Are aspects of study design associated with the reported prevalence of female sexual difficulties?

Hayes, Richard D., Bennett, Catherine M., Dennerstein, Lorraine, Taffe, John R and Fairley, Christopher K 2008, Are aspects of study design associated with the reported prevalence of female sexual difficulties?, Fertility and sterility, vol. 90, no. 3, pp. 497-505.

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Title Are aspects of study design associated with the reported prevalence of female sexual difficulties?
Author(s) Hayes, Richard D.
Bennett, Catherine M.
Dennerstein, Lorraine
Taffe, John R
Fairley, Christopher K
Journal name Fertility and sterility
Volume number 90
Issue number 3
Start page 497
End page 505
Total pages 9
Publisher Elsevier
Place of publication New York, N.Y.
Publication date 2008-09
ISSN 1556-5653
1546-2501
Keyword(s) female sexual dysfunction
multivariate analysis
prevalence estimates
study design
Summary Objective: To investigate associations between the prevalence of sexual  difficulties reported in published studies and design features of those studies to determine if differences in design contribute to variation in prevalence estimates.
Design: Systematic review, multivariate analysis.
Setting: Studies published internationally in English.
Patient(s): Not applicable.
Intervention(s): None.
Main Outcome Measure(s): Prevalence estimates of difficulty with desire, arousal, orgasm, and sexual pain reported in published studies.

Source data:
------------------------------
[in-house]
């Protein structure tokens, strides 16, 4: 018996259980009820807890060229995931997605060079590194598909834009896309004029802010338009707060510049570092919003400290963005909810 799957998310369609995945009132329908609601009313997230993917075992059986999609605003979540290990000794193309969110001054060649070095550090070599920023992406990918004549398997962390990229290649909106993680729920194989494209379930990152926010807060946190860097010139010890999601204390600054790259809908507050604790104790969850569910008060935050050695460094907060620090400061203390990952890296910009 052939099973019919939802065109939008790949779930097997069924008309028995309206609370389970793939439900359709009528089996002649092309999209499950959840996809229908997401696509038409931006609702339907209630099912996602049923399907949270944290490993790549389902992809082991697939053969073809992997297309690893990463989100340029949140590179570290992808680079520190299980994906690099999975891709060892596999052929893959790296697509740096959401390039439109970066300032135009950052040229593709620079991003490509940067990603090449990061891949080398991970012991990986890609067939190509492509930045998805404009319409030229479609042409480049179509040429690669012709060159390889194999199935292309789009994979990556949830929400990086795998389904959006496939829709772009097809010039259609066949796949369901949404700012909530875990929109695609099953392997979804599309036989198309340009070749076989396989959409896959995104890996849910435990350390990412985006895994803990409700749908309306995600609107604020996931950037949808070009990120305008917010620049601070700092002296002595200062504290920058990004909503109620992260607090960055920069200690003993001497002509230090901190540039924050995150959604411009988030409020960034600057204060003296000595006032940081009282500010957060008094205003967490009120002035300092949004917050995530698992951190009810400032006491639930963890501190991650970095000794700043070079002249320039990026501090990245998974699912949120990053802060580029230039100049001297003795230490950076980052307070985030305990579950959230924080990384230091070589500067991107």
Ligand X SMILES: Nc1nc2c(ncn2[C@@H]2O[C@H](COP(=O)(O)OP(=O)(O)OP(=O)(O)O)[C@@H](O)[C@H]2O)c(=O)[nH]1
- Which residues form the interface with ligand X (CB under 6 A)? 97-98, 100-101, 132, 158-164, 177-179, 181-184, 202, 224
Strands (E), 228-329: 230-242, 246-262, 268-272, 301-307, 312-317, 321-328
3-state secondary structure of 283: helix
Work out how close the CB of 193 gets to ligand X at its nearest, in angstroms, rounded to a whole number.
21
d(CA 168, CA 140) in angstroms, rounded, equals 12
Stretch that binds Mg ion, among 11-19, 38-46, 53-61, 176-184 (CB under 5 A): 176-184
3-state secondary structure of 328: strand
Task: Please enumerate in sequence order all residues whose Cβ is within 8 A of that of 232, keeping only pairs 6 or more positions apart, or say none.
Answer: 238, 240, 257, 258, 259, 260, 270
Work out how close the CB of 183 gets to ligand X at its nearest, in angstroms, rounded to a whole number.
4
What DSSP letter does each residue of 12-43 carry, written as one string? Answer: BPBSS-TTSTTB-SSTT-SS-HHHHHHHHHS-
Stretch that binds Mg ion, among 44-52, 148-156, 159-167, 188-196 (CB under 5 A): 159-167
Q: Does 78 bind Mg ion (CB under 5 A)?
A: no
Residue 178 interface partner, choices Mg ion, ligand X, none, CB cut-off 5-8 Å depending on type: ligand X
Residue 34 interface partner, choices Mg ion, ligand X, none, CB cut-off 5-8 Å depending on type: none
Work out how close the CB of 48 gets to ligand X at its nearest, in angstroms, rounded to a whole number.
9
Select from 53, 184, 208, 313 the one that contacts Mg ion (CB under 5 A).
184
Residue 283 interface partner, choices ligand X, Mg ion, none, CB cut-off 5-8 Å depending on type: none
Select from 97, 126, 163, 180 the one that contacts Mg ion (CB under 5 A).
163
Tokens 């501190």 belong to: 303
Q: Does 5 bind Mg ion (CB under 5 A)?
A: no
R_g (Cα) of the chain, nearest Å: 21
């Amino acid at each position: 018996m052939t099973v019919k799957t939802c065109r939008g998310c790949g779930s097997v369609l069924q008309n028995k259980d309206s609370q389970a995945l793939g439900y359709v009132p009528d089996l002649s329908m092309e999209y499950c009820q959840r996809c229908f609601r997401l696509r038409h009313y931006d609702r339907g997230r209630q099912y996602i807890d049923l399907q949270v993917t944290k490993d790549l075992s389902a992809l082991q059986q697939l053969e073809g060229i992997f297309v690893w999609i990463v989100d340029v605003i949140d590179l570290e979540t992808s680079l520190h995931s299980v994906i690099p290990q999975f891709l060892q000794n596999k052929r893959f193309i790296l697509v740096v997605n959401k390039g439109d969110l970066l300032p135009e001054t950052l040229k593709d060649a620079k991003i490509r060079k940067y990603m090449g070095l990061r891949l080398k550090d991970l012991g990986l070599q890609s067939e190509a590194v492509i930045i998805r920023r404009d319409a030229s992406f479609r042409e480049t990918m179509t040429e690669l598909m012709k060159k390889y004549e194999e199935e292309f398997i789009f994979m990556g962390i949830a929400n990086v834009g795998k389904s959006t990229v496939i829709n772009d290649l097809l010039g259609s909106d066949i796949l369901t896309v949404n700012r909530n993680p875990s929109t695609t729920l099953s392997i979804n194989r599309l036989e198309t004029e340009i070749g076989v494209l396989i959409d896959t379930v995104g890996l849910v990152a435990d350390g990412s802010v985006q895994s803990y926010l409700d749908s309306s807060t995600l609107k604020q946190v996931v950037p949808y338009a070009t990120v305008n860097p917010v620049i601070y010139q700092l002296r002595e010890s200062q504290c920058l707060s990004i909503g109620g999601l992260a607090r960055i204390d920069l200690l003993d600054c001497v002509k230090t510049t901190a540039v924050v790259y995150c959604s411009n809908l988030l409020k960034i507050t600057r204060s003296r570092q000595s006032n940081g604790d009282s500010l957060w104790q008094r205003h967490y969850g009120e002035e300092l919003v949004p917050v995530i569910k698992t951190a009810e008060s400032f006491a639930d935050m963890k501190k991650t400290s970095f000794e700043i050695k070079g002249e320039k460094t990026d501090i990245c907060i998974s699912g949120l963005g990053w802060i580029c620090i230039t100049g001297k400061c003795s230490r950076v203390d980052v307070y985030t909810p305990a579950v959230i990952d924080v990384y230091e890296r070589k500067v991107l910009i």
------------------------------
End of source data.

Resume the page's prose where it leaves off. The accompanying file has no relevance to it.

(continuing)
Result(s): Our systematic literature search identified 1,380 publications. Fifty-five studies met our inclusion criteria (reporting prevalence, sample size and response rate, sample size greater than 100, not clinic based). Reported prevalence of sexual difficulty varied across studies (up to tenfold). Eleven aspects of research conduct in these studies were included in our multivariate analysis as explanatory variables. Five aspects of study design and conduct (data collection procedures, inclusion criteria, duration of sexual difficulty recorded, sample size, and response rate) were associated with the reported prevalence of at least one type of sexual difficulty independently of likely predictors of true variation in prevalence: study location, study year, and age range of participants.
Conclusion(s): This review provides evidence that study design may influence reported prevalence estimates of female sexual difficulties and contribute to the wide variation in published estimates.

Language eng
Field of Research 170105 Gender Psychology
110319 Psychiatry (incl Psychotherapy)
Socio Economic Objective 970117 Expanding Knowledge in Psychology and Cognitive Sciences
HERDC Research category C1.1 Refereed article in a scholarly journal
ERA Research output type C Journal article
Copyright notice ©2008, Elsevier
Persistent URL http://hdl.handle.net/10536/DRO/DU:30021943

Document type: Journal Article
Collections: School of Health and Social Development
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